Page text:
Seriously. The happenings at my house are hideous. If it weren’t essential that I participate, I would runaway.
The rarely used alarm clock got to showcase its talent with an annoying at 5:30 am buzz. Having been awake for much of the night giving breathing treatments to Asthma Boy, I found it unbelievable that it could be morning so soon. No time to ponder as I needed to dress, get my son dressed and packed for school, get my daughter dressed and find all her paperwork for the doctor, pill the cat (always a joy), scoop his poop, feed him and transfer his lame body to an outside kennel. Sweet Jesus, the husband made me a cup of coffee.
Zip. Out the door and to the surgery center. On time to make the 6:45 am appointment.
In the waiting room Asthma Boy begins a coughing fit that has mothers shielding their infants and giving one another quizzical looks that say, “Why won’t that woman do something to make her son stop coughing?”
It is decided that Asthma Boy must be taken home for a five-millionth breathing treatment. Of course, Tonsil Girl is called for her long awaited surgery just as two-thirds of her support team abandons her. Tonsil Girl is a tough cookie, though, and never winces as she bids her family farewell and hops onto the rolling surgical bed. Prepared to suck bubblegum air that will take her to the other world, she’s her usual saucy self.
While Tonsil Girl is in surgery, I take advantage of every bit of free time and draft a very compelling and detailed document for work. All about the billing, ya know! Multi-tasking finds me using my laptop in the hospital bathroom—killing three birds with one stone.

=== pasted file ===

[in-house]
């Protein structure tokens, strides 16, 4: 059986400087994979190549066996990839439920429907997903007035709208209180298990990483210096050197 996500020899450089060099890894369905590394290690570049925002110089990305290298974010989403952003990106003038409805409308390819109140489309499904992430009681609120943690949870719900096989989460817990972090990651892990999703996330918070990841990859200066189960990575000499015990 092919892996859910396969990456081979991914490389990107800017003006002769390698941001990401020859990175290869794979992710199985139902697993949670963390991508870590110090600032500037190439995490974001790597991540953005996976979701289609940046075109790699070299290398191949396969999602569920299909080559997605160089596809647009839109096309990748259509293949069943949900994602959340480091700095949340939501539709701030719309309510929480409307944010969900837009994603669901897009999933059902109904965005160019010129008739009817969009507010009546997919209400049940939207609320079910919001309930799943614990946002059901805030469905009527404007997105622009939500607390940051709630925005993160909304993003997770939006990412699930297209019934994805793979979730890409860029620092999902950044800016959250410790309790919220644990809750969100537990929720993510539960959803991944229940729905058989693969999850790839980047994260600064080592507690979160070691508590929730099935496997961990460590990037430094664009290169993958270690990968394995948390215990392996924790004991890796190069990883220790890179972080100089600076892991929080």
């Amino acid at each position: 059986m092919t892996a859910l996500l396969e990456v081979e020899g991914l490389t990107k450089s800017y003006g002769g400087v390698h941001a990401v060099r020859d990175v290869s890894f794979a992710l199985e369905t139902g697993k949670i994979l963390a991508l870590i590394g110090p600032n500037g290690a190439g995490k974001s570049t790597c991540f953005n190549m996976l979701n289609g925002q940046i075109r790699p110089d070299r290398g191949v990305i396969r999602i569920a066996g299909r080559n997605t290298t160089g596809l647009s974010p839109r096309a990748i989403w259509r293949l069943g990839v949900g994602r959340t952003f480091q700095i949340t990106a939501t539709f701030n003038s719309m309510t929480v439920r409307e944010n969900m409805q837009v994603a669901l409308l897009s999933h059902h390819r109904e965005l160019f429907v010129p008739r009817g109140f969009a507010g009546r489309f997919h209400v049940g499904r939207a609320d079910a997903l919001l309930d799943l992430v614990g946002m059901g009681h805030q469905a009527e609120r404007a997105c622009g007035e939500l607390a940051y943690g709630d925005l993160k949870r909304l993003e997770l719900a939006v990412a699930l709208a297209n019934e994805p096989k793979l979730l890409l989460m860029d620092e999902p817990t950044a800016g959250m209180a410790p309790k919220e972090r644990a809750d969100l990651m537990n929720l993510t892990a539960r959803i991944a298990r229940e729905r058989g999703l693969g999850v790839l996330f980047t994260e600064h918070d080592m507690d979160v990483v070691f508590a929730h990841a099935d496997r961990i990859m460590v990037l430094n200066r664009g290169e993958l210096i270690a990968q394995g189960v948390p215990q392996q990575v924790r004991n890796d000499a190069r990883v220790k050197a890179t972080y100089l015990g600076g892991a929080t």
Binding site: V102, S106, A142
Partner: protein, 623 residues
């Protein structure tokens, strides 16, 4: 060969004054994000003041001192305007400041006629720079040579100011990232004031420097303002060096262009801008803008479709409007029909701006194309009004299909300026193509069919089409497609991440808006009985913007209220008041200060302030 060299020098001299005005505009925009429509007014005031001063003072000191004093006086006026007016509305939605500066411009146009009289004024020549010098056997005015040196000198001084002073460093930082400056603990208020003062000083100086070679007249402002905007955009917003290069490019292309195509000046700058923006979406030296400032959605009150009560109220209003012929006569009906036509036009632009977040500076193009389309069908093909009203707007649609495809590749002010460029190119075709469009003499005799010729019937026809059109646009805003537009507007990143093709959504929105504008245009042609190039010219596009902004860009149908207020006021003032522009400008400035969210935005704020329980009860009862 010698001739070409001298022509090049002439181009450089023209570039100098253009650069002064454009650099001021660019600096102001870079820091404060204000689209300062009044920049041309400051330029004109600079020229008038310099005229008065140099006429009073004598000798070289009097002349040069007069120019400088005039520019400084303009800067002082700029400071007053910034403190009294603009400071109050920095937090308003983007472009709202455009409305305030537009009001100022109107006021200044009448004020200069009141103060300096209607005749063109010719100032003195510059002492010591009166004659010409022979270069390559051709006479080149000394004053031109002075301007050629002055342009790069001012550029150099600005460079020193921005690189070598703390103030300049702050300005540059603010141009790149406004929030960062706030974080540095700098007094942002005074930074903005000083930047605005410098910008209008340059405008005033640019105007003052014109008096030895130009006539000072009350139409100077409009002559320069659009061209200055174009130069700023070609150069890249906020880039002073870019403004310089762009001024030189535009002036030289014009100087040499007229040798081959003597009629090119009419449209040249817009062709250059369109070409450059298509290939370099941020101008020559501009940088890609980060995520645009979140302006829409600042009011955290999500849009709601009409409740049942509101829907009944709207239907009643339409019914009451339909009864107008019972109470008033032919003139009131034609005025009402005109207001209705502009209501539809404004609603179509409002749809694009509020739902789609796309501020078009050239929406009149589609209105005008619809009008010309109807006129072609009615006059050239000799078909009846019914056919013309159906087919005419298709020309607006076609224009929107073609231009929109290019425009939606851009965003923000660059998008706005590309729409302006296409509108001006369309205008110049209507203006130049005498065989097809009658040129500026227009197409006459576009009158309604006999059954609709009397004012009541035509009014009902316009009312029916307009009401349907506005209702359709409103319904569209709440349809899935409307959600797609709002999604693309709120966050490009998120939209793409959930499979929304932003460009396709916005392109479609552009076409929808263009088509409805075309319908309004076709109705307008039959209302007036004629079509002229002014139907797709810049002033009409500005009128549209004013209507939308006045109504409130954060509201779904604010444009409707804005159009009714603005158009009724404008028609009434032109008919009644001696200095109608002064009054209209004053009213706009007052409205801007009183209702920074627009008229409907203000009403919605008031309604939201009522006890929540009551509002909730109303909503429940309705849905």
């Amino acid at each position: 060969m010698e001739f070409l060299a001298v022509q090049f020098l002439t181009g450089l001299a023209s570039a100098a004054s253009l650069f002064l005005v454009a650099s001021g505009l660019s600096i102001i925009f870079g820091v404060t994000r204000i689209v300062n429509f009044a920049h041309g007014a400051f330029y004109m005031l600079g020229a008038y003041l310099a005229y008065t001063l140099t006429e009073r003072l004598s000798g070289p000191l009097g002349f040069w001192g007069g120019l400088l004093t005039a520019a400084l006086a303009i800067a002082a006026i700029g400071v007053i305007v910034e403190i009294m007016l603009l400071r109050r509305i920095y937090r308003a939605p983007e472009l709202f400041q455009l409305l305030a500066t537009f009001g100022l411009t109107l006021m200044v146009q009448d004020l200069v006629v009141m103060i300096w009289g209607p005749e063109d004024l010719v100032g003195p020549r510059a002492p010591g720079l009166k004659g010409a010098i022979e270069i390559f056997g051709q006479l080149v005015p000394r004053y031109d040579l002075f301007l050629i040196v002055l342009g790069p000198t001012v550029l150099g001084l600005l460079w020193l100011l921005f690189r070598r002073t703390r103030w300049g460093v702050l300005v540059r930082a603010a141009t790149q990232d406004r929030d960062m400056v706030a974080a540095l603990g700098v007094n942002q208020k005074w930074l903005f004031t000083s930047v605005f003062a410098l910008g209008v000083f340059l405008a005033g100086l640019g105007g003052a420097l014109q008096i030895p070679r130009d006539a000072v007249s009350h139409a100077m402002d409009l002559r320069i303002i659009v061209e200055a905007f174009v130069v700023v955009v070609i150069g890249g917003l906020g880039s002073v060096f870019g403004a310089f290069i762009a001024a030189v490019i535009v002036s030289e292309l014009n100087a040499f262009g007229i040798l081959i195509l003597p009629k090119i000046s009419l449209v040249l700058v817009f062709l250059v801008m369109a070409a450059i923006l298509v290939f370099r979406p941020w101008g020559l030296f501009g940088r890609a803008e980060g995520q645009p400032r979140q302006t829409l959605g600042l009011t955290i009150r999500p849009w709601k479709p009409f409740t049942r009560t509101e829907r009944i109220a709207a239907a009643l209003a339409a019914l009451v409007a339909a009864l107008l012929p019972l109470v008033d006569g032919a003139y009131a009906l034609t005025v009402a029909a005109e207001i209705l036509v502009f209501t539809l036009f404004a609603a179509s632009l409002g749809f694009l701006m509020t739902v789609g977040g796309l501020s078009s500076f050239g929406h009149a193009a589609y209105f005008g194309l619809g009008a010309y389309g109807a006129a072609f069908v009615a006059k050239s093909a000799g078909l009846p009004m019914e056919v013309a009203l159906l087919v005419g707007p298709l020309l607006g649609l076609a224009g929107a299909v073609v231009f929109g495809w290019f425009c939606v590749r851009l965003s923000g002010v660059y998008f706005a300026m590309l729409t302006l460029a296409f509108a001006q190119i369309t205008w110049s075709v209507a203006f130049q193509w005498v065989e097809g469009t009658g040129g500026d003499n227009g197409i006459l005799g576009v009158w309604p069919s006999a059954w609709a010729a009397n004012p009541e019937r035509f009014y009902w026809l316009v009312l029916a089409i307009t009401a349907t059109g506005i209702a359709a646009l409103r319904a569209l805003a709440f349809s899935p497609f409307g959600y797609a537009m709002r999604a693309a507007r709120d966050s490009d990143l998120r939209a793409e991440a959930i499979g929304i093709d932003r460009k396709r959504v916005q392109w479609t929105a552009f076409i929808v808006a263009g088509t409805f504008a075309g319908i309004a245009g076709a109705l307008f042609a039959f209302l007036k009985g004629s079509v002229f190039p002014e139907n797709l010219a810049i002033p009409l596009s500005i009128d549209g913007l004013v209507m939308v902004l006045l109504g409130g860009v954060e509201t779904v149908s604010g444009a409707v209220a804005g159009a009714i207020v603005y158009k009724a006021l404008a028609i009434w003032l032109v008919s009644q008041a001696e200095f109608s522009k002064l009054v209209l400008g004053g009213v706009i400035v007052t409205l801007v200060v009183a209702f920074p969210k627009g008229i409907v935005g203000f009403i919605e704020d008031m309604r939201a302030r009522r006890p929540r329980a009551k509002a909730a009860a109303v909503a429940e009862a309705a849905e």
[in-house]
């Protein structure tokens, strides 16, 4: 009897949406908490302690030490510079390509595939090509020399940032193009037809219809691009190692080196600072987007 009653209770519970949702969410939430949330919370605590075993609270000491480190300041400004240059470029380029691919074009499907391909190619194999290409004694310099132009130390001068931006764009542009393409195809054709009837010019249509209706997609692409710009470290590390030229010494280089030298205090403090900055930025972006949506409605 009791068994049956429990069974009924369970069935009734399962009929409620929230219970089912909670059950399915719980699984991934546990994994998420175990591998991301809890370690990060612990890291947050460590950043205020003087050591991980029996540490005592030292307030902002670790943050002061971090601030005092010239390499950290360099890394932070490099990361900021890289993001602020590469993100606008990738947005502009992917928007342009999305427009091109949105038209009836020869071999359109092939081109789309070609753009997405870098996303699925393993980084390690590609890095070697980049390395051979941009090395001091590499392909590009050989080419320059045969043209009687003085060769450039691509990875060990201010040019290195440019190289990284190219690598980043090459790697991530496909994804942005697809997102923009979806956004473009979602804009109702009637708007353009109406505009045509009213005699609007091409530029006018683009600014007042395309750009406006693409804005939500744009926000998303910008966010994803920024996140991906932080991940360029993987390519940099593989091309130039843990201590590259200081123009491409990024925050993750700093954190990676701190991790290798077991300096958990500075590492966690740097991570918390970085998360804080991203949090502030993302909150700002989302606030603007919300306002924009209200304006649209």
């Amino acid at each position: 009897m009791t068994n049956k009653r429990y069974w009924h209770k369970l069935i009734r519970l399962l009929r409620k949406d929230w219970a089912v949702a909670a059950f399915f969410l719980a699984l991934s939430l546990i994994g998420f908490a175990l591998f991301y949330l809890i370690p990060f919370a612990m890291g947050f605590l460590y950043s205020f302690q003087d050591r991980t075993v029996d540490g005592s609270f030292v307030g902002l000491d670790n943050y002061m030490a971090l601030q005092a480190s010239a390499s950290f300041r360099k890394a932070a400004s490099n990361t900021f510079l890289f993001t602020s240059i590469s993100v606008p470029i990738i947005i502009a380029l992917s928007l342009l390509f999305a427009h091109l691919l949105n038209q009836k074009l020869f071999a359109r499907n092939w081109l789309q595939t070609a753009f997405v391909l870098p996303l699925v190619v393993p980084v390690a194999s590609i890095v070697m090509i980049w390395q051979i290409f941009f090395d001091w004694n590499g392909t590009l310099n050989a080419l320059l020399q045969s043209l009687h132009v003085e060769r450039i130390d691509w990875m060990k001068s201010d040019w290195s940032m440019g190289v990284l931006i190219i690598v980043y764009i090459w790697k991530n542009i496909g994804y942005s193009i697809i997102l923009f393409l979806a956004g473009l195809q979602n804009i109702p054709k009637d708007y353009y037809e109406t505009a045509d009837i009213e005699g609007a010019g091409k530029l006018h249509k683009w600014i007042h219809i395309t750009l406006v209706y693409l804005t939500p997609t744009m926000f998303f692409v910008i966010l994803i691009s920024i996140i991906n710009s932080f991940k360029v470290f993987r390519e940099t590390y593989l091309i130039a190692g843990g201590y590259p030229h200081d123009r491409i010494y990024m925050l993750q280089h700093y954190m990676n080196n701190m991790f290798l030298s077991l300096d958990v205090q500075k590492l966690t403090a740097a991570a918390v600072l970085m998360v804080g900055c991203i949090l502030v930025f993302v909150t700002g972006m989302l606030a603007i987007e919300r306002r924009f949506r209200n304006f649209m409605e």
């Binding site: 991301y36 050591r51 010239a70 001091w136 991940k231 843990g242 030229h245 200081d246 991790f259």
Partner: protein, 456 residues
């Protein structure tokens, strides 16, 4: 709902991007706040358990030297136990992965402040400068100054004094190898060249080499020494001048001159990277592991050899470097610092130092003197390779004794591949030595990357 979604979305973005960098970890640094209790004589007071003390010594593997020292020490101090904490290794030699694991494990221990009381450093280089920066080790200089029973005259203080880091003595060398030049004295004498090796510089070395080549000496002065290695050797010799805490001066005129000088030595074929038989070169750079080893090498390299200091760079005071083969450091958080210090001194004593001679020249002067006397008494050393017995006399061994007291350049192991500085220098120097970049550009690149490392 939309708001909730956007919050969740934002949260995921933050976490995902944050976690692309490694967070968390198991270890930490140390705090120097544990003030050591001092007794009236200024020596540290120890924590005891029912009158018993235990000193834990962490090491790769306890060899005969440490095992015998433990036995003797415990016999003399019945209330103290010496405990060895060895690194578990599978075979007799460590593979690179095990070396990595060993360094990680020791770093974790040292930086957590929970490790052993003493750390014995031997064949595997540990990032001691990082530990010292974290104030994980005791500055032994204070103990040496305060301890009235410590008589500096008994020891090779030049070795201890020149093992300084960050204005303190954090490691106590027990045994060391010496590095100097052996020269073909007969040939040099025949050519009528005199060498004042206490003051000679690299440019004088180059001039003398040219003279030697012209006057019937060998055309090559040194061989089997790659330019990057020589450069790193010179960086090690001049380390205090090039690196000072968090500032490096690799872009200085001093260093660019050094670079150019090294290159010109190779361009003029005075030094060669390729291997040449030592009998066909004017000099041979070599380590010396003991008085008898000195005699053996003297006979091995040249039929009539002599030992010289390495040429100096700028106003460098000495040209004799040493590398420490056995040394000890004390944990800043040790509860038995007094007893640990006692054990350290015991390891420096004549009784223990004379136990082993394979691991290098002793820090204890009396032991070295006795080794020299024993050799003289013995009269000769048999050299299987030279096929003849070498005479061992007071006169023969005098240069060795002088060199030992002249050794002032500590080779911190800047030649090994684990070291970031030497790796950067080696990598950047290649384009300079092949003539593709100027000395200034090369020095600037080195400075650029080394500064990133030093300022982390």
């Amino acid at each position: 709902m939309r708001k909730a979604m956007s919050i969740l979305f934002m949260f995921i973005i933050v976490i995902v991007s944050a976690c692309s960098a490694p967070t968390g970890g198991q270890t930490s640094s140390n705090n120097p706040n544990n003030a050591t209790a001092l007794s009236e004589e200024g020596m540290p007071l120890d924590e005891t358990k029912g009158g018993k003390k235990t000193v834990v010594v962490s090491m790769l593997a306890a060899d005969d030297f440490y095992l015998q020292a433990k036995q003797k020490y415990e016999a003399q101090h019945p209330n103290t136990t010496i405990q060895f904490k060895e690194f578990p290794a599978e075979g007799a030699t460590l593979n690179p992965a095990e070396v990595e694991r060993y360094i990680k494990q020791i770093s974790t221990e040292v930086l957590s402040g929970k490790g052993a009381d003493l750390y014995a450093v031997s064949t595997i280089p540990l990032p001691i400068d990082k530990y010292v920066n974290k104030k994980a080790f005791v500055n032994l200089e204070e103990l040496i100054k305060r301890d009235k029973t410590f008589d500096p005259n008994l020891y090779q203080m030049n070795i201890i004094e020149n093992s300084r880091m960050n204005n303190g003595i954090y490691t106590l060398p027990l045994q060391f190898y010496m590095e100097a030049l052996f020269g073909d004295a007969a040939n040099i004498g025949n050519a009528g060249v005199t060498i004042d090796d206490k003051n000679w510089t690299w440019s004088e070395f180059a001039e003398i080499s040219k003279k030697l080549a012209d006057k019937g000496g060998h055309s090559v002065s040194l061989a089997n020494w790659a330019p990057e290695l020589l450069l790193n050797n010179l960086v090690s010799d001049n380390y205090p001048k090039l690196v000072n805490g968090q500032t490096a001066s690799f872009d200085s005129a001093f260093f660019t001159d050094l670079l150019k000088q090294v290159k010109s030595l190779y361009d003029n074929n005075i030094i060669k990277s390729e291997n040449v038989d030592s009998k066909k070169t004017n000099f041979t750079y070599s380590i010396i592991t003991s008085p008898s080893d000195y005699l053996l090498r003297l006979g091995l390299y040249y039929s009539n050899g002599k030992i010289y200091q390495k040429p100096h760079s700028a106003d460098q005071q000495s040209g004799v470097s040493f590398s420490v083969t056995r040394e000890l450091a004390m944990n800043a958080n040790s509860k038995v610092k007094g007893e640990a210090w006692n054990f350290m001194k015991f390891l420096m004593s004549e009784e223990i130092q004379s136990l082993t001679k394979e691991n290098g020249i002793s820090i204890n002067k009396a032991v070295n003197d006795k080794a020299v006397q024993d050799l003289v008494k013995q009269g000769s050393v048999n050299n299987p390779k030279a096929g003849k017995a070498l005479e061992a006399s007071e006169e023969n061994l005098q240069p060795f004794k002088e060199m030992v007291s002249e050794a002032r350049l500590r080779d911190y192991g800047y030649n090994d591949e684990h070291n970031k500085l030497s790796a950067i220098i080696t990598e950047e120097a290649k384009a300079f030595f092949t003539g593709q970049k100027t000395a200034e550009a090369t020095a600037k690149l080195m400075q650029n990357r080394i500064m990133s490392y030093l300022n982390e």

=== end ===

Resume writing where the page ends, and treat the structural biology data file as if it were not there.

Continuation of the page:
Tonsil Girl is wheeled into recovery and demonstrates the very definition of stoicism. She never sheds a tear and maintains complete dignity—until she vomits on herself. The long day has officially begun.
At home Tonsil Girl looks uncharacteristically stricken by fear. A girl who is not afraid of the devil himself lets a bit of apprehension show in her eyes. Not one to be comforted, she vomits again and snuggles down with the broken-legged cat.
Horrible mother that I am, I leave Tonsil Girl (with capable father, housekeeper and shocked little brother) and go to a meeting that drags on for two and a half hours. It feels nice to vary the types of stress in my day. No need to have all motherhood stress—mix it with some work stress and compound it by eating the dozen cookies delivered for someone’s birthday to add some body-image stress. Gotta keep it mixed up!
Back home to nurse Tonsil Girl, Asthma Boy, Broken-Legged Cat, and husband who still need eye-drops and warm compresses for last week’s eye surgery. Ring. “Hello, it’s your mother and my doctor is concerned that nobody is staying with me while I recover from surgery.” Na-uh. It was a lanced boil fergoodnesssakes! Can’t deal with that one.
By 7:00 pm, Asthma Boy is in a full-fledged asthmatic attack. The husband and I have a brief discussion about who will take him to the hospital. Since I took him to the hospital JUST LAST WEEK, it seemed like it would be the husband’s turn, but he reminds me that the eye doctor said he shouldn’t drive at night for a while. (Isn’t “a while” over?)
Zoom. Racing to hospital with gasping boy to find all the parking spots full. Surely, the chaplain will not be visiting tonight.
The full parking lot should have been an indicator that the emergency room would be packed. Packed as in, not a single seat available. Standing, I held Asthma Boy for two hours as he hacked and the nurse monitored his oxygen from time to time. My back is broken.